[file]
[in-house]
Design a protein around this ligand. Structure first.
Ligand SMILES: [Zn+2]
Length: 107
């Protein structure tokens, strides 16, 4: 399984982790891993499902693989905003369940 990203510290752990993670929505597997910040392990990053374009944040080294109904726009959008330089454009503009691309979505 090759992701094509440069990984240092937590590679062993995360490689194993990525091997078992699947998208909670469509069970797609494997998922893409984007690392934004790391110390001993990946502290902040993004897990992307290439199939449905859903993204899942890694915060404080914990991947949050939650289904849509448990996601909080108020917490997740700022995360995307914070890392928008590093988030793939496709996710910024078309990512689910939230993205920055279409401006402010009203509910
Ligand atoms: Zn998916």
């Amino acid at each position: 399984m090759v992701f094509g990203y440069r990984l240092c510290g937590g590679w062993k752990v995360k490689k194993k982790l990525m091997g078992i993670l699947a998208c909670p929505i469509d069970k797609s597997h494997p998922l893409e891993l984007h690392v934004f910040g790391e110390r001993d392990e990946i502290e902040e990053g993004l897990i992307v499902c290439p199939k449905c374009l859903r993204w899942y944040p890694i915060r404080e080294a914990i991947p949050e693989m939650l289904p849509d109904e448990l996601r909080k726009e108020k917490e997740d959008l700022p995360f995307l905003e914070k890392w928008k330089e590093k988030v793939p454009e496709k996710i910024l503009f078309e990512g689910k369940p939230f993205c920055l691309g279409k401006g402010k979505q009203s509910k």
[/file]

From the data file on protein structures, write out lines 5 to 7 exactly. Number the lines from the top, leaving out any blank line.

């Protein structure tokens, strides 16, 4: 399984982790891993499902693989905003369940 990203510290752990993670929505597997910040392990990053374009944040080294109904726009959008330089454009503009691309979505 090759992701094509440069990984240092937590590679062993995360490689194993990525091997078992699947998208909670469509069970797609494997998922893409984007690392934004790391110390001993990946502290902040993004897990992307290439199939449905859903993204899942890694915060404080914990991947949050939650289904849509448990996601909080108020917490997740700022995360995307914070890392928008590093988030793939496709996710910024078309990512689910939230993205920055279409401006402010009203509910
Ligand atoms: Zn998916």
């Amino acid at each position: 399984m090759v992701f094509g990203y440069r990984l240092c510290g937590g590679w062993k752990v995360k490689k194993k982790l990525m091997g078992i993670l699947a998208c909670p929505i469509d069970k797609s597997h494997p998922l893409e891993l984007h690392v934004f910040g790391e110390r001993d392990e990946i502290e902040e990053g993004l897990i992307v499902c290439p199939k449905c374009l859903r993204w899942y944040p890694i915060r404080e080294a914990i991947p949050e693989m939650l289904p849509d109904e448990l996601r909080k726009e108020k917490e997740d959008l700022p995360f995307l905003e914070k890392w928008k330089e590093k988030v793939p454009e496709k996710i910024l503009f078309e990512g689910k369940p939230f993205c920055l691309g279409k401006g402010k979505q009203s509910k």